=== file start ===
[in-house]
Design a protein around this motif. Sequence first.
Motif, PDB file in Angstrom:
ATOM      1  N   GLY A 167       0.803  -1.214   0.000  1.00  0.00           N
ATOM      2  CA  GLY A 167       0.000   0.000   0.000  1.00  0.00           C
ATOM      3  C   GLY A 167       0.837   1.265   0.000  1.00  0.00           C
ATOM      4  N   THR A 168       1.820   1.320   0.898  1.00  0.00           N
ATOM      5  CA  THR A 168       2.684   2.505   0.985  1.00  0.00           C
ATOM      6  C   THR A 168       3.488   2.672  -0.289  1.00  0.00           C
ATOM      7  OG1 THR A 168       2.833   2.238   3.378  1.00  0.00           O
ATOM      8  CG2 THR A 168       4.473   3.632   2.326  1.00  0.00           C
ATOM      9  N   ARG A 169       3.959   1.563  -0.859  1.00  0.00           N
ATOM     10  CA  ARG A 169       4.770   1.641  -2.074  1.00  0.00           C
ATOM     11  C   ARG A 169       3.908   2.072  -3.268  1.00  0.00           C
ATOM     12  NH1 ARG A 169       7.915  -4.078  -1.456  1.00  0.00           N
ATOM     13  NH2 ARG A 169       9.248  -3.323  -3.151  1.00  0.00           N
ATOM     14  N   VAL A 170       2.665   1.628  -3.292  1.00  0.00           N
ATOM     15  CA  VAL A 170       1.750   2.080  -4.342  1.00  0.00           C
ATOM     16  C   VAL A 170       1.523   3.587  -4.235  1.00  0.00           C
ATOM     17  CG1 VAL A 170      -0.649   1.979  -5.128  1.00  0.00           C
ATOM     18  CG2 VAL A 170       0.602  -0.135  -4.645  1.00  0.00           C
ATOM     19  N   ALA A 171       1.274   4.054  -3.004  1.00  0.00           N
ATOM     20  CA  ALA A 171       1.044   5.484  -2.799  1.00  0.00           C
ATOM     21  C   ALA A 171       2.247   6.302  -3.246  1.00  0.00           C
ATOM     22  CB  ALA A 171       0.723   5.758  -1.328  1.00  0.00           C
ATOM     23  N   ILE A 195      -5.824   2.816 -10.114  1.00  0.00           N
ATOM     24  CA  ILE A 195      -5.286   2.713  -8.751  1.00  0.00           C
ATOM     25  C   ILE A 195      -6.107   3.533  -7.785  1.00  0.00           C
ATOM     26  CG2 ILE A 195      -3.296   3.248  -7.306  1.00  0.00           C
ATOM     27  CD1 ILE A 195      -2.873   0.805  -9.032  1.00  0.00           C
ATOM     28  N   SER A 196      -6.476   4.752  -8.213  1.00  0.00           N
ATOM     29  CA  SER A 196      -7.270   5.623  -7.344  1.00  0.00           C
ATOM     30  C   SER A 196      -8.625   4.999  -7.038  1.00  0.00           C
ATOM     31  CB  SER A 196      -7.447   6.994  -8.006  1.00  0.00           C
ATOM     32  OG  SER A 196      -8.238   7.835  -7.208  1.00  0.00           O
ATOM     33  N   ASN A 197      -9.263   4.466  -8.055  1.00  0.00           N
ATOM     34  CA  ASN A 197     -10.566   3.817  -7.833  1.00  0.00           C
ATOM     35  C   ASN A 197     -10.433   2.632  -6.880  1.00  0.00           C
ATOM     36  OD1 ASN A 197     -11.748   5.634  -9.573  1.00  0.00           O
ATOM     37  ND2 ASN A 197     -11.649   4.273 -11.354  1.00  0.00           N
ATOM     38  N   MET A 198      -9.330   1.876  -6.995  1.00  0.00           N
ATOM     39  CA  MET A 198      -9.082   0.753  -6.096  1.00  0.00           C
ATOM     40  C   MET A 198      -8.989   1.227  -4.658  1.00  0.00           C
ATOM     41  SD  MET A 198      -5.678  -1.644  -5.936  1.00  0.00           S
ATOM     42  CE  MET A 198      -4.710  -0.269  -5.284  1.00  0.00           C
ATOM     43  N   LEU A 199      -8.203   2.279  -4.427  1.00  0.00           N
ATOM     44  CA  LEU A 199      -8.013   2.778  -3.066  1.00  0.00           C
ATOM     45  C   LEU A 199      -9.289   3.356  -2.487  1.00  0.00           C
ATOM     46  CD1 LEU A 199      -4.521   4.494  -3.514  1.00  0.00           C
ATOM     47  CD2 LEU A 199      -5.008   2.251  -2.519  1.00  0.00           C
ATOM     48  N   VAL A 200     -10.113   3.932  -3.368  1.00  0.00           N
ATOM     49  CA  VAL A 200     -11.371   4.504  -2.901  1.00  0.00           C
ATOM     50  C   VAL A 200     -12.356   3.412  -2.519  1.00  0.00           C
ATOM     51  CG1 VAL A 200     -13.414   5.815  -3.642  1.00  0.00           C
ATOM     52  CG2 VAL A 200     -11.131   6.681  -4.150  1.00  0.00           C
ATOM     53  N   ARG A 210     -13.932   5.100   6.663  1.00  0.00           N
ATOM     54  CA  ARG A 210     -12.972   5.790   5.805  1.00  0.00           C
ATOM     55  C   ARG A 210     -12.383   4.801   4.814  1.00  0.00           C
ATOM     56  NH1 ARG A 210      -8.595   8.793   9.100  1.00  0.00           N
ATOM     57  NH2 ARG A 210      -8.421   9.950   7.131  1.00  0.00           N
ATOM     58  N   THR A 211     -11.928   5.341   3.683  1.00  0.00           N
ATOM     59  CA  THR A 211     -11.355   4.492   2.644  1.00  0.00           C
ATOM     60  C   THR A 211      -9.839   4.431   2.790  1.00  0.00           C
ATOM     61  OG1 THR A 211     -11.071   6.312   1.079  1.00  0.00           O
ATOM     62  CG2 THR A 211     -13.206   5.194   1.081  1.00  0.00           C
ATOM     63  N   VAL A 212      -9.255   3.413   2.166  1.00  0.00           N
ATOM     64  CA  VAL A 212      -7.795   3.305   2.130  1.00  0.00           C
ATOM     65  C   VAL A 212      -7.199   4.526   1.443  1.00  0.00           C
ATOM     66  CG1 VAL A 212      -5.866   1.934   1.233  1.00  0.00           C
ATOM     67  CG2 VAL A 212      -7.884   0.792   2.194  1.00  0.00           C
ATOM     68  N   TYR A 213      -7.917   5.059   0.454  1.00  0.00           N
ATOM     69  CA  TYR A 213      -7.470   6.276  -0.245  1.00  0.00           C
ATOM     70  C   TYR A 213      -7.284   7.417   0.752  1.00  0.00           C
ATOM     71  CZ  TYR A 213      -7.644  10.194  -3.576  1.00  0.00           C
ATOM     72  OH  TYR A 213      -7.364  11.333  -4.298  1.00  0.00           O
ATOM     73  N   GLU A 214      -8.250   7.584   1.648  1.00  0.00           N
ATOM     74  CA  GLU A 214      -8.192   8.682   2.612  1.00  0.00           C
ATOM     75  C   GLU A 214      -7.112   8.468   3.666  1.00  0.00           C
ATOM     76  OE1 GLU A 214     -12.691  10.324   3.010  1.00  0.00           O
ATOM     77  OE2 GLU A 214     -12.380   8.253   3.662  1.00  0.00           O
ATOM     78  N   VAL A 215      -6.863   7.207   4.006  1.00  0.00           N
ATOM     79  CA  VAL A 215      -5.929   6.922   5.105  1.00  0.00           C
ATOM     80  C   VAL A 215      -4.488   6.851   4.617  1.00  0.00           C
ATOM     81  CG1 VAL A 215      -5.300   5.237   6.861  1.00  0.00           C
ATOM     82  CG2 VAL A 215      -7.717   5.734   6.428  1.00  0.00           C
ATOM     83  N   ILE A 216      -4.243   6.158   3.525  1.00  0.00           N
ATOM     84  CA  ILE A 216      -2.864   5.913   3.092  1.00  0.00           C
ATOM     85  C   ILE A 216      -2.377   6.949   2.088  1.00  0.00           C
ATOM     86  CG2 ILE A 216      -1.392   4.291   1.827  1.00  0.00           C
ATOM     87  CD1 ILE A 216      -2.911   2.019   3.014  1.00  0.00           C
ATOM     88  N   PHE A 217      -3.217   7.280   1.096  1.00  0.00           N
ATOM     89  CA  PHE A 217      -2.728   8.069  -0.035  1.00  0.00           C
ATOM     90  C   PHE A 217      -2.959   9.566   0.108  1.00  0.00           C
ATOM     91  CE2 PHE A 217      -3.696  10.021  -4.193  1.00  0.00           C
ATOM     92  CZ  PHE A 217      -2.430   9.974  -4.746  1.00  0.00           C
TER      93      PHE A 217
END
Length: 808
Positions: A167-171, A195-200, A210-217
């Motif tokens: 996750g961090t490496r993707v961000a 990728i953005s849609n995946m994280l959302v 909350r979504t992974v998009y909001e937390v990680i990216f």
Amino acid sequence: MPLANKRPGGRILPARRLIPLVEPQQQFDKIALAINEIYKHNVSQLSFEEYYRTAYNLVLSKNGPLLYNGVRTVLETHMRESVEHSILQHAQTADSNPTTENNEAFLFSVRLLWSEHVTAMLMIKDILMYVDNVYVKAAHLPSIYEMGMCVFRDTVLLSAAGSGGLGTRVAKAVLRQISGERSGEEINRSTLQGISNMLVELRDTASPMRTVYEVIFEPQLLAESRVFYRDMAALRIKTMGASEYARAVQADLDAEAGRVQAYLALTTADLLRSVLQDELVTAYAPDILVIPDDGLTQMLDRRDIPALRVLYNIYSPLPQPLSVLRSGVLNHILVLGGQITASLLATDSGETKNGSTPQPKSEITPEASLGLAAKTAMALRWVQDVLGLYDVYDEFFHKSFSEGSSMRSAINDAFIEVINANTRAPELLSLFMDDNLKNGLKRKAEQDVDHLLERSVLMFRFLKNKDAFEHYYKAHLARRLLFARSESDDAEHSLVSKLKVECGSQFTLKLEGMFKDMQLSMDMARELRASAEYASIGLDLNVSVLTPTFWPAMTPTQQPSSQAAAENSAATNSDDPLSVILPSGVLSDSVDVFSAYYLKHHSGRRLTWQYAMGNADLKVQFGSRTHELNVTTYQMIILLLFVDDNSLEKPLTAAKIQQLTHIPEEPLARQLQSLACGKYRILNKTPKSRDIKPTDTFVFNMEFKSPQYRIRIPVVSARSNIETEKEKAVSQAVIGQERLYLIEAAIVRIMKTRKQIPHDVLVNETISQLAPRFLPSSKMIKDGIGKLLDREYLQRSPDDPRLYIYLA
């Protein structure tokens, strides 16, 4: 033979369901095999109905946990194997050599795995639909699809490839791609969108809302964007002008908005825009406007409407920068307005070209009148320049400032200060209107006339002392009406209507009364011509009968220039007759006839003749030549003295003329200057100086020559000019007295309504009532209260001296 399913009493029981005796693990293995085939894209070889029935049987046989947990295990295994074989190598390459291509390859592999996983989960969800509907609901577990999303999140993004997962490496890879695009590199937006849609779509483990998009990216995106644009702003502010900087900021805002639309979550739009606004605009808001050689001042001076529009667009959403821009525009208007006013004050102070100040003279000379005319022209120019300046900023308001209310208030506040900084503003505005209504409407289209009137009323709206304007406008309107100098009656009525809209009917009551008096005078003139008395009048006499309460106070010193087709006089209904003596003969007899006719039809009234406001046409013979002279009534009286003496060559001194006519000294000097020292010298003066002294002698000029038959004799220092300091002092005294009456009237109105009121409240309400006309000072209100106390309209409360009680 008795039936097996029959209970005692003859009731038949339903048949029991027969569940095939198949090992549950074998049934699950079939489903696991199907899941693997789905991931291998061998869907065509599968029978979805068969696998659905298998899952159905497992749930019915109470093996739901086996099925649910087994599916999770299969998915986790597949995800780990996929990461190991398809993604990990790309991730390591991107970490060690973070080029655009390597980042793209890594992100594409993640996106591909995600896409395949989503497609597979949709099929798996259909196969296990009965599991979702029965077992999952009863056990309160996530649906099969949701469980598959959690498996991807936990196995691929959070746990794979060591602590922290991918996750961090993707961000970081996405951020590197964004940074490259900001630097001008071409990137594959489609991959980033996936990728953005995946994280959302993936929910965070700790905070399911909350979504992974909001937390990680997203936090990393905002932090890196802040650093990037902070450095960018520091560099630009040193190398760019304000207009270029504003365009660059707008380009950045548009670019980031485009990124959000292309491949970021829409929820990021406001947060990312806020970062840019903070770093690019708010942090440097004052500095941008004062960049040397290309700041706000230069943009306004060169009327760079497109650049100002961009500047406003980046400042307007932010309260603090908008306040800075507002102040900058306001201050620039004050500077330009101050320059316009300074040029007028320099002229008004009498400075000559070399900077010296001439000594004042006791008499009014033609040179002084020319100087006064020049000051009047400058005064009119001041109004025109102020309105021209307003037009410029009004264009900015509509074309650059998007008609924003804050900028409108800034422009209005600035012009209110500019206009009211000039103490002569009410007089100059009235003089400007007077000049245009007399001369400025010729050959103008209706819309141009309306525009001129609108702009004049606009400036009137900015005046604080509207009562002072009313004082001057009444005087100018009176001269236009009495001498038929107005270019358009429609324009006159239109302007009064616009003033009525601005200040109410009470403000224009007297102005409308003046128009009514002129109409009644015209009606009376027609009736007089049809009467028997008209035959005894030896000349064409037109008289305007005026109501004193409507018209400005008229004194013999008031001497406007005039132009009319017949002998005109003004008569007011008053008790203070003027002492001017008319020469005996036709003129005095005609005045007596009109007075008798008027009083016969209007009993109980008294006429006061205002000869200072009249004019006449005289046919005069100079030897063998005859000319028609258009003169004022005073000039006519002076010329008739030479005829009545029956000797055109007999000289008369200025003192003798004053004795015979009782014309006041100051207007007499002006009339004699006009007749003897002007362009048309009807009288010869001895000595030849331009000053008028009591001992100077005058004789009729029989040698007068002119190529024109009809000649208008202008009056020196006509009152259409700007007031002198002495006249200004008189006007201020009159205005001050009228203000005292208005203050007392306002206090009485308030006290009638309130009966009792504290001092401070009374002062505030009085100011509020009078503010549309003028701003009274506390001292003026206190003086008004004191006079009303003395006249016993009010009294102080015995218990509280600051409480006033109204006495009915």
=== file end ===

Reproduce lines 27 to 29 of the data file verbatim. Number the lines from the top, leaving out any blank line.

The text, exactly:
ATOM     24  CA  ILE A 195      -5.286   2.713  -8.751  1.00  0.00           C
ATOM     25  C   ILE A 195      -6.107   3.533  -7.785  1.00  0.00           C
ATOM     26  CG2 ILE A 195      -3.296   3.248  -7.306  1.00  0.00           C